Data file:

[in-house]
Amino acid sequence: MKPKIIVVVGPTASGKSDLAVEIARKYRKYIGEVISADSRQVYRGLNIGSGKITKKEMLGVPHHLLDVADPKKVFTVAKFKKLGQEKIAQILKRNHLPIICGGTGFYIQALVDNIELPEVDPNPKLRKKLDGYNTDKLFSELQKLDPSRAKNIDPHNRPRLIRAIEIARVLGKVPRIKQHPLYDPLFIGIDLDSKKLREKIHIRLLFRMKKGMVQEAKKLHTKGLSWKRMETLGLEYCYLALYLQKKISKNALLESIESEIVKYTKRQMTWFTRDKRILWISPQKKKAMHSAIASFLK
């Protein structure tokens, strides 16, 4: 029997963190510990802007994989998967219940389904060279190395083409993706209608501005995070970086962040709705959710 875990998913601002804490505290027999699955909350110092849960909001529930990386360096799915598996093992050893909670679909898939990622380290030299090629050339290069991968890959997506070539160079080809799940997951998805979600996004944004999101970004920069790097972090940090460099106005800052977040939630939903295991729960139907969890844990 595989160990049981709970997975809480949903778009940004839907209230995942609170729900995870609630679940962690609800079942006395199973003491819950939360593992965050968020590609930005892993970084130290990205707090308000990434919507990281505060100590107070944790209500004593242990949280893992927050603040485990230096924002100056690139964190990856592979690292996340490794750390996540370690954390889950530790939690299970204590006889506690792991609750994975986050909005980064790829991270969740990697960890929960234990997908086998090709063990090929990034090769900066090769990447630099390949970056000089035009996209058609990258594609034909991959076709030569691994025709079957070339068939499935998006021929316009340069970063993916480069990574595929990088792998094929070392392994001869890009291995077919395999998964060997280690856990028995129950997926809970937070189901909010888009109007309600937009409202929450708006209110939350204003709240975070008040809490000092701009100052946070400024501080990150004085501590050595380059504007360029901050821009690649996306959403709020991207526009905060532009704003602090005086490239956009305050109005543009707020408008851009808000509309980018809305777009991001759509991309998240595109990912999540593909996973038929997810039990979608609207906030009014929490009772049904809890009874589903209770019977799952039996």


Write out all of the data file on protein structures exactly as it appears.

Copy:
[in-house]
Amino acid sequence: MKPKIIVVVGPTASGKSDLAVEIARKYRKYIGEVISADSRQVYRGLNIGSGKITKKEMLGVPHHLLDVADPKKVFTVAKFKKLGQEKIAQILKRNHLPIICGGTGFYIQALVDNIELPEVDPNPKLRKKLDGYNTDKLFSELQKLDPSRAKNIDPHNRPRLIRAIEIARVLGKVPRIKQHPLYDPLFIGIDLDSKKLREKIHIRLLFRMKKGMVQEAKKLHTKGLSWKRMETLGLEYCYLALYLQKKISKNALLESIESEIVKYTKRQMTWFTRDKRILWISPQKKKAMHSAIASFLK
């Protein structure tokens, strides 16, 4: 029997963190510990802007994989998967219940389904060279190395083409993706209608501005995070970086962040709705959710 875990998913601002804490505290027999699955909350110092849960909001529930990386360096799915598996093992050893909670679909898939990622380290030299090629050339290069991968890959997506070539160079080809799940997951998805979600996004944004999101970004920069790097972090940090460099106005800052977040939630939903295991729960139907969890844990 595989160990049981709970997975809480949903778009940004839907209230995942609170729900995870609630679940962690609800079942006395199973003491819950939360593992965050968020590609930005892993970084130290990205707090308000990434919507990281505060100590107070944790209500004593242990949280893992927050603040485990230096924002100056690139964190990856592979690292996340490794750390996540370690954390889950530790939690299970204590006889506690792991609750994975986050909005980064790829991270969740990697960890929960234990997908086998090709063990090929990034090769900066090769990447630099390949970056000089035009996209058609990258594609034909991959076709030569691994025709079957070339068939499935998006021929316009340069970063993916480069990574595929990088792998094929070392392994001869890009291995077919395999998964060997280690856990028995129950997926809970937070189901909010888009109007309600937009409202929450708006209110939350204003709240975070008040809490000092701009100052946070400024501080990150004085501590050595380059504007360029901050821009690649996306959403709020991207526009905060532009704003602090005086490239956009305050109005543009707020408008851009808000509309980018809305777009991001759509991309998240595109990912999540593909996973038929997810039990979608609207906030009014929490009772049904809890009874589903209770019977799952039996």